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  7. Dennis S
    Dennis S at |

    Cat–I’m reading “Cause Of Death” by Patricia Cornwell. Have you read any of her novels? Her main character is Kaye Scarpetta. Kaye is a medical examiner who always gets involved in the murder investigations. It’s always a good read. I guess if I was forced to name my favorite novel it would be “The Young Lions” by Irwin Shaw. It was made into a movie (Brando played the German officer)–The movie was good but the book is better. I’ve read it 4 times over the years. Yes,I’ve heard that song by Springsteen–My favorite song by him is still “Darlington County” because it reminds me of my younger days with my buddies. I was always getting away and it would be one of them handcuffed to the bumper of a state trooper’s Ford-haha- Northern Ireland. I would love to go to Ireland. I’ve been in the Far East (US Navy) but never Europe. When I think of the people of Northern Ireland I think of courage.

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    1. Cat
      Cat at |

      I’ve read Patricia Cornwell novels over the years, but I must admit I got a bit tired of her latter books, when she was obsessed by the wolf man! I loved the movie The Young Lions, but have never read the book. The only books I have read a few times are Pride and Prejudice, and The Count of Monte Christo, I realise that Jane Austin might be a little too girly for you, but it is quite witty. Have you seen Mystic River and Shutter Island, or read the books by Dennis Lehane? Both are worth a look. I have a morbid fascination with crime and mystery novels, I particularly like Michael Connelly, Robert Crais, his are a bit more light hearted, but good for a grey, damp afternoon,(we get a lot of those here), and a good cup of coffee. I may be a little bit prejudiced as I have met these authors at various book signings, and found them to be very accessible and quite charming. by the way, I shall be going to a Springsteen show in July, and am looking forward to it very much. I envy your travels in the Far East, I would love to go there, maybe some day. We have had a difficult time here over the years, and a bit of escapism through books and to a lesser degree movies, (we didn’t always like to go out in the evenings) was very comforting, when you could lose yourself in a good story, and not think of the bullets and bombs going off outside!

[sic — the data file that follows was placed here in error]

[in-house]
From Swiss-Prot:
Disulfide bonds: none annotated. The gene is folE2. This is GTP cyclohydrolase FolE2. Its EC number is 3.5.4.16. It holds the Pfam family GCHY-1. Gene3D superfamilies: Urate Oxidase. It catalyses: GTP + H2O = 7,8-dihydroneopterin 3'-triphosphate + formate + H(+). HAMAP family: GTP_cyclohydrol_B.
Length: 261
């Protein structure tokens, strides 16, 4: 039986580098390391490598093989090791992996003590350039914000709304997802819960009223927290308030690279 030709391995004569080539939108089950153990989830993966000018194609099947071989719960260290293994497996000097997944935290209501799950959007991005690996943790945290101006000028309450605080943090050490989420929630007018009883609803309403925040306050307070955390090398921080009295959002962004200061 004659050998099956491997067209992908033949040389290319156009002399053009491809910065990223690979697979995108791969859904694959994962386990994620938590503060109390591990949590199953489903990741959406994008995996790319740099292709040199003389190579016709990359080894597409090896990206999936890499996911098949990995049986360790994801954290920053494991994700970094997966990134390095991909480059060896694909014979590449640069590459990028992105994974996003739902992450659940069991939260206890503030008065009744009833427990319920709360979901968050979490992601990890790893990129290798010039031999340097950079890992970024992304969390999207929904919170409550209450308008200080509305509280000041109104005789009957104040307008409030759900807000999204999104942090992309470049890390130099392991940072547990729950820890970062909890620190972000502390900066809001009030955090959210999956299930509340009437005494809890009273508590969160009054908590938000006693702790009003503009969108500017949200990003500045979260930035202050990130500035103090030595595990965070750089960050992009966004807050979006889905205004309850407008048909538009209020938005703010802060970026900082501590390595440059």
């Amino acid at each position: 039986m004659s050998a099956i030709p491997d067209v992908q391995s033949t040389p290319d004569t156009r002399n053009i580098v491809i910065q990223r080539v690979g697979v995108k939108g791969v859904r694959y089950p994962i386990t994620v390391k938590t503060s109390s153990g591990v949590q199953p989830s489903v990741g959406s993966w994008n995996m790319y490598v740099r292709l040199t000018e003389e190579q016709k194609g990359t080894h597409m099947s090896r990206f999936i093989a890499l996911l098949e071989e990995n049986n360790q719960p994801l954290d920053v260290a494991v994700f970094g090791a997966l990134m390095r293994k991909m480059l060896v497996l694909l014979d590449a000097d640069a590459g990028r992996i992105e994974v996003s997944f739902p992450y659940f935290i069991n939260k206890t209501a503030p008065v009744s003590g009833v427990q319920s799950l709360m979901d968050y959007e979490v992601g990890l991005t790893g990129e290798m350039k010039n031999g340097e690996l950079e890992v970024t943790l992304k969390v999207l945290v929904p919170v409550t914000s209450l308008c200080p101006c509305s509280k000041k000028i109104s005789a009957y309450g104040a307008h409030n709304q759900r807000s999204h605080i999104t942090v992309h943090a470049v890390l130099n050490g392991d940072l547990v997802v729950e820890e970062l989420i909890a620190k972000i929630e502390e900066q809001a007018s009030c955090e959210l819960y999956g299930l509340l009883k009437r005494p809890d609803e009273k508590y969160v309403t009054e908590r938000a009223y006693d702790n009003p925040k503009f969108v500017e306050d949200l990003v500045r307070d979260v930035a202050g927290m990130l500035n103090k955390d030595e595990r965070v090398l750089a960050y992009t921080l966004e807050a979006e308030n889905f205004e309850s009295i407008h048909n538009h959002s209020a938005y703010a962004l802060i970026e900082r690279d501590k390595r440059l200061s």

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      1. Dennis S
        Dennis S at |

        Below is to Cat–

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  8. Cat
    Cat at |

    Hi Dennis, I haven’t read The Wayward Bus, nor seen the movie, I’ve read quite a few of Steinbeck’s novels, my particular favourite is The Grapes of Wrath, harrowing but wonderful. Have you listened to Springsteen’s The Ghost of Tom Joad, I loved it. I read Capote’s In Cold Blood a while back, I think I enjoyed it! How awesome that you live near Harper Lee, did you ever seriously think of trying to contact her? With my fabulous powers of deduction I have figured out that you live in the USA , I am in Belfast, Northern Ireland, but I have family in Virginia, and have visited your beautiful country often. what are you reading at the moment? I have just started an historical novel, Lionheart, about King Richard and the crusades in the Holy Lands in 1190s.

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  9. Dennis S
    Dennis S at |

    Cat-I have to honestly admit that I’ve never read a Steven King novel. You’re right about “To Kill A Mocking Bird”–Both novel and movie were great. Harper Lee only lives about 130 miles south of me. Everytime I used to go through Monroeville I wanted to find her and talk with her but I didn’t have the guts because they said she was such a recluse. Now I hear she’s in very bad health. In fact I’m not even sure she’s still living although I believe she is. She was good friends with Capote I’ve heard. I’ve never read any of his stuff. Have you read “The Wayward Bus”? The movie was Ok but I believe the book was better. I very much enjoy commenting with you.